of thanksgiving.
In 1863 President
Abraham Lincoln appointed a day of thanksgiving, and since then each president
has issued a Thanksgiving Day proclamation, generally designating the fourth
Thursday of November as a holiday.
New Year's Day is the first day of the year, January 1 in the
Gregorian calendar. In the Middle Ages most European countries used the Julian
calendar and observed New Year's Day on March 25, called Annunciation Day and
celebrated as the birth to the Son of God. With the introduction of the Gregorian
calendar in 1582, Roman Catholic countries began to celebrate New Year's Day on
January 1.
The custom of visiting
friends, relatives and neighbours on New Years Day is one of the Old World
traditions that has taken on a new form in the United States. A favourite place
to see the old year out is New York Citys Time Square.
Christmas is an annual festival, held on December 25, to celebrate
the Nativity, or birth of Christ. The Christmas tree, an evergreen trimmed with
lights and other decorations, is derived from the so-called paradise tree,
symbolising Eden.
Saint Valentine's Day, a holiday
honouring lovers, is celebrated on February 14. There is a custom of sending
greeting cards or gifts to express affection. The cards, known as valentines,
are often designed with hearts to symbolise love. The holiday probably derives
from the ancient Roman feast of Lupercalis (February 15). The festival
gradually became associated with the feast day (February 14) of two Roman
martyrs, both named St. Valentine, who lived in the 3rd century. St. Valentine
has traditionally been regarded as the patron saint of lovers.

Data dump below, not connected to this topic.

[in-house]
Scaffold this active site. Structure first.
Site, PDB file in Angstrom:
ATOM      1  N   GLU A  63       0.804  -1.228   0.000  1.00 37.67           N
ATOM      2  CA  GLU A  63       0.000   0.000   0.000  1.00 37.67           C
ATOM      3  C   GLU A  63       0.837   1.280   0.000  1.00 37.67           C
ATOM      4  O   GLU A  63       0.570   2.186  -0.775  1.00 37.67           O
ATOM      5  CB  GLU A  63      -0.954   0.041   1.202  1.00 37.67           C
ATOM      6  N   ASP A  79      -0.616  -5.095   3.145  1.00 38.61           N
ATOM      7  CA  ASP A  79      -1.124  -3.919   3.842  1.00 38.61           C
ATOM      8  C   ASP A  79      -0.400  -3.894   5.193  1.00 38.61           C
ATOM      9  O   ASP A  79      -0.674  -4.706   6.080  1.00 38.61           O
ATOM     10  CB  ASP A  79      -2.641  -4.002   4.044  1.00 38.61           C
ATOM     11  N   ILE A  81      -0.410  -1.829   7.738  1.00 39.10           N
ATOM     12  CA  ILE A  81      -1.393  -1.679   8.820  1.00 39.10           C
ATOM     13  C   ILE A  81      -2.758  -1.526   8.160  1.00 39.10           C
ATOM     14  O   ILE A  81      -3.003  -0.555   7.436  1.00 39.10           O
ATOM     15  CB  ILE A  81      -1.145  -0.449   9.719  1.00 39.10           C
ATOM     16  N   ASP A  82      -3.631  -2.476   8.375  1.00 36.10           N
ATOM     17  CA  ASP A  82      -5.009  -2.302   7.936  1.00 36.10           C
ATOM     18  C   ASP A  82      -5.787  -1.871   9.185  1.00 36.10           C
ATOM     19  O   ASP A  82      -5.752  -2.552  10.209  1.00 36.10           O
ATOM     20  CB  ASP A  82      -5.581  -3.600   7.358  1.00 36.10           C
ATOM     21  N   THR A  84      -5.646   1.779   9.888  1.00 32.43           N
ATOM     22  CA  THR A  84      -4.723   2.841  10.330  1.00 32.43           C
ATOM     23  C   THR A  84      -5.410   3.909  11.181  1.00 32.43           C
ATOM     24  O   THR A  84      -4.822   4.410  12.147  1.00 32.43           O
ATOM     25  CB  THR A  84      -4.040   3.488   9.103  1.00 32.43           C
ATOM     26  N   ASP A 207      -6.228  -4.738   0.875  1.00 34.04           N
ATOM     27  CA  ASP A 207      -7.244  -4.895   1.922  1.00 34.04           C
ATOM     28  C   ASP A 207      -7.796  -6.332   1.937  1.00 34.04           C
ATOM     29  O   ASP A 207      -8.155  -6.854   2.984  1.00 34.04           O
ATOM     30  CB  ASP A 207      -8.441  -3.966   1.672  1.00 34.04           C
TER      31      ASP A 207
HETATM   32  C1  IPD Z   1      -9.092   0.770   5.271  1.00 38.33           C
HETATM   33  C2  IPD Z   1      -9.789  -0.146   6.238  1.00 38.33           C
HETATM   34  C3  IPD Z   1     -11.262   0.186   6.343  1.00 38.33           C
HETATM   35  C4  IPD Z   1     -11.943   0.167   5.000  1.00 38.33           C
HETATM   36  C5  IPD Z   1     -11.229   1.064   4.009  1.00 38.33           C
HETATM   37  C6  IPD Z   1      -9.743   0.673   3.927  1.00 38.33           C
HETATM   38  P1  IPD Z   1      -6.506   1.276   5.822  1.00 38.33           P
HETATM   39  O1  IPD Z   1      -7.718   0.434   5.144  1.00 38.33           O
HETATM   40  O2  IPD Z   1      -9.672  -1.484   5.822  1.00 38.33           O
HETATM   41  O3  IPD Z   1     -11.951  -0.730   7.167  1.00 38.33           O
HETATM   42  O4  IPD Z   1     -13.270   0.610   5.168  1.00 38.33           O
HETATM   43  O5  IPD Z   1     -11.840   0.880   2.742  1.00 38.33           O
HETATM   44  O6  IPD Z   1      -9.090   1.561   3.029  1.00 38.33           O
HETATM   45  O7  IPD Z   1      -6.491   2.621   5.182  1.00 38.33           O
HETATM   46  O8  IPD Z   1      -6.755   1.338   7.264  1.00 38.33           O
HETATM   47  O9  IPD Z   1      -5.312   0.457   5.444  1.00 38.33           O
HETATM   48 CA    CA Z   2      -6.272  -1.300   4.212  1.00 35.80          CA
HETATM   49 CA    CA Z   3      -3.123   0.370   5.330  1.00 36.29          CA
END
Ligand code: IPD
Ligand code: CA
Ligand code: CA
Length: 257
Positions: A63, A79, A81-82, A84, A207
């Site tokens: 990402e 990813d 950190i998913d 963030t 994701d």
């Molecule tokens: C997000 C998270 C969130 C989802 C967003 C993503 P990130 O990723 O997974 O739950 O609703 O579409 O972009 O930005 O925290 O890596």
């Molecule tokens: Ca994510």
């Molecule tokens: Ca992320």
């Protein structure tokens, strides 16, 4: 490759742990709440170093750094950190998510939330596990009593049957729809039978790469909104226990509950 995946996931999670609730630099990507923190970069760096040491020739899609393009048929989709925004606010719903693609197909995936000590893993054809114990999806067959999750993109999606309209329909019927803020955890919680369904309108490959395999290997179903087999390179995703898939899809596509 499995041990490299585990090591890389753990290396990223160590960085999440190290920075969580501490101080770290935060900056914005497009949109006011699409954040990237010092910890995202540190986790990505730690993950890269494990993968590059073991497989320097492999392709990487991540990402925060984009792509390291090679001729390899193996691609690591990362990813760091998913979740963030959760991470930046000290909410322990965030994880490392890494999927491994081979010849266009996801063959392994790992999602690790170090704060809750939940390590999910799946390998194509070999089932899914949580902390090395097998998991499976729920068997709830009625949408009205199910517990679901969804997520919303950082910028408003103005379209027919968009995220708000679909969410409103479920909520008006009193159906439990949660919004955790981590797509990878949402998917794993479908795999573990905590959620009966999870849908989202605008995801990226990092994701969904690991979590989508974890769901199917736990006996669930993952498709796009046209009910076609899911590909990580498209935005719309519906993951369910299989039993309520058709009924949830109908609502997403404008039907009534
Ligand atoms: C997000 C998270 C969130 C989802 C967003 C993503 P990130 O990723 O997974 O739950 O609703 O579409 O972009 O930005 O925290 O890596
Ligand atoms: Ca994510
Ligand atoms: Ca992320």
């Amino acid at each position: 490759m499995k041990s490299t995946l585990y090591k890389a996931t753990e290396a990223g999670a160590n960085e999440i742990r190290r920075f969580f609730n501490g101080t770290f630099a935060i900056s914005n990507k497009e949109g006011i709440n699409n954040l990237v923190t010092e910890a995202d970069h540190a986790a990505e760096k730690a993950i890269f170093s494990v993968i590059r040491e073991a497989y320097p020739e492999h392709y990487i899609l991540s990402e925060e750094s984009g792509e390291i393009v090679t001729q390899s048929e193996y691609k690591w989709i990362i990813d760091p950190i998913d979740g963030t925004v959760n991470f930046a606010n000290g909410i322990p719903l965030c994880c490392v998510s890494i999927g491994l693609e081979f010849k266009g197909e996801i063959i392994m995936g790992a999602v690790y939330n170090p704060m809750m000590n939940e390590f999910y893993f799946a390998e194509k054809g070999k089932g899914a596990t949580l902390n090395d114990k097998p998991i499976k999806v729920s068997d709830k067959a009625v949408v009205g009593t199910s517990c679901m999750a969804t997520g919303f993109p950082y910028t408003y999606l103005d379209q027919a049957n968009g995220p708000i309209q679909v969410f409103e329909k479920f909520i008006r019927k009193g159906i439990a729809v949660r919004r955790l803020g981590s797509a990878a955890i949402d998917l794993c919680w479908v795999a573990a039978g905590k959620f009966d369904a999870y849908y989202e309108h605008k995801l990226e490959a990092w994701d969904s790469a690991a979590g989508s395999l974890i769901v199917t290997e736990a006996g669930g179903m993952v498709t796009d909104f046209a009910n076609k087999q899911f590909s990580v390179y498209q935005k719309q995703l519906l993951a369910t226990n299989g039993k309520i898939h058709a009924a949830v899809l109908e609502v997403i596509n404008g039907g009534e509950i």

Washington is
the capital city of the United States. It is located on the north bank of the
Potomac River.
Washington, the first President of the USA, after whom the city was named,
selected an area for the capital. A hundred square miles were taken from states
of Maryland and Virginia. It was called the District of Columbia. The city is
divided into four sections: NW, NE, SW, and SE. Numbered streets run north and
south: First Street, Second Street Lettered streets such as A-street, B-street
run east and west. Bear in mind that every section has an independent street
system. If youre looking for Third Street, you need to know what section of
the city it is in.
Washington is one of the most beautiful
and unusual cities in the United States. It has little industry, and only one
million people. One reason Washington looks different from other cities is that
no building in the city may be more than 40 metres tall. There are no
skyscrapers, because they would hide the citys many monuments from view. One
can easily find a park, a square or an open area there. The most impressive and
the best-known ones are the Lincoln Memorial and the Washington Monument.
The heart of Washington is the Capitol,
which is connected with the White House by Pennsylvania Avenue. It dominates
the city of Washington.
All the tourists begin sightseeing from the Capitol and
see the Senate Chamber, the Hall of Representatives, the Statuary Hall and some
Thousands of
tourists visit Washington every day. People from all parts of the United States
come to see their capital and the monuments to those who in past centuries
struggled for the independence of their country. The Washington Monument, the
tallest stone structure in the USA, is in the Potomac River. It was opened to
the public in 1888. It is 555 feet tall, is called the Pencil because of its
shape. It is three blocks south of the White House. There is an elevator, which
will carry you to 500-foot level observation windows. The Lincoln Memorial is
in the west of the Washington Monument. It is designed like a Greek temple. The
dominant figure is the realistic figure of Abraham Lincoln seated in the centre
of the open temple. The Jefferson Memorial is worth seen, too. It is situated
south of the Washington monument near the Potomac River. The Library of
Congress contains millions of books and manuscripts. People are also interested
in churches and cathedrals. The Washington Cathedral is on Massachusetts
Avenue, and the Arlington National Cemetery is outside the city limits just
across the Potomac River near the Pentagon in Virginia. The famous Tomb of the
Unknown Soldier is visited by millions of people every year.
Washington is
the place where mass demonstrations take place against unemployment and racism,
for democracy and civil rights.